As to the tire shop question - Yes, mention you'd like the wheels back on the same corner. Most all tire shops will have the TPMS programmer and should routinely program the wheels to the car, but there are some less than scrupulous who'll want to add ridiculously high charges for the programming. Take it off the table by just reminding them it's not necessary.
As to all season tires - your opinions and results may vary, but nearly fifty years of snow belt driving has proven to my satisfaction there's no such tire as "all season." We have a set of winter tires on wheels for each of our vehicles. Yes, it costs. For true, it's a PITA to store and change twice a year. We do the work and feel more comfortable on the road in winter. I asked a Nokian rep why with their winter reputation, they were pushing all-season tires. His answer, "Too many US owners just refuse to do the changeover and run winter tires. If we want to get any sort of foothold in the US, we've got to go with the flow for all season."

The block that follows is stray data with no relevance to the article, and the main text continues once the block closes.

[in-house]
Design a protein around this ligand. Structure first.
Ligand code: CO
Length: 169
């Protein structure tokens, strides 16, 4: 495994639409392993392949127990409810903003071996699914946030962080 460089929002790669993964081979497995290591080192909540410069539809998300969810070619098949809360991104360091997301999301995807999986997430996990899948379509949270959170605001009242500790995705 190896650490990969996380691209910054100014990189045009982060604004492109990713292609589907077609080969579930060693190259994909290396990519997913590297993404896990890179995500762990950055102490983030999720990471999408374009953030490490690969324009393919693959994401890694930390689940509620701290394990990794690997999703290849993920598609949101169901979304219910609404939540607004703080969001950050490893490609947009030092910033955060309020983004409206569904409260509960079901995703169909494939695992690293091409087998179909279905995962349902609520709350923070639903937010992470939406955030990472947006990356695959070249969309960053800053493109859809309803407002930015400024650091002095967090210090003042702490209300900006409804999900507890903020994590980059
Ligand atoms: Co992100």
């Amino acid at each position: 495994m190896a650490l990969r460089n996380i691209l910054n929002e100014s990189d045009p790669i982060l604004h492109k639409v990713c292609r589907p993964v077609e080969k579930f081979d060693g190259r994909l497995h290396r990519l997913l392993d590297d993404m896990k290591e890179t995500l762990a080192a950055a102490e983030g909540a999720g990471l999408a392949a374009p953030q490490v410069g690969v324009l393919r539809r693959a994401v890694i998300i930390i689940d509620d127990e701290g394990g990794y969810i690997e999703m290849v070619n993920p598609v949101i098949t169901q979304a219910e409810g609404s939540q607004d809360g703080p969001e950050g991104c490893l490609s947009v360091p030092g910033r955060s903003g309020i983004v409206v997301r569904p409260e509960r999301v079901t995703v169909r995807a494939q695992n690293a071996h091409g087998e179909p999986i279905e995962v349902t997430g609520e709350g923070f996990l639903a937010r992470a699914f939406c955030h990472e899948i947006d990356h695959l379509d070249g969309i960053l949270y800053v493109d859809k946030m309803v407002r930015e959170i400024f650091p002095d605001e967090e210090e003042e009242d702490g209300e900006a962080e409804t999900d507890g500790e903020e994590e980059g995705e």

It's even more so for those range-obsessed BEV owners. LRR summer tires will have max range but won't have max winter traction.
The max winter traction, and Nokian makes some of the best, won't be as LRR and won't have the best warm weather handling and will wear out in fewer miles.
Another FWIW, while it's technically legal to run any tire down to the wear bars, doing so in winter may cause one to lose control and crash into me or my family, so please don't. For winter traction, tires begin to lose effectiveness when half the tread depth is gone and are useless as they get closer to the wear bars. Around here wintertime, it's not an uncommon occurrence to see SUV/CUVs upside down in the borrow pit, all four "all-seasons" nearly worn shiny; their stunned comment, "But it's got four-wheel-drive."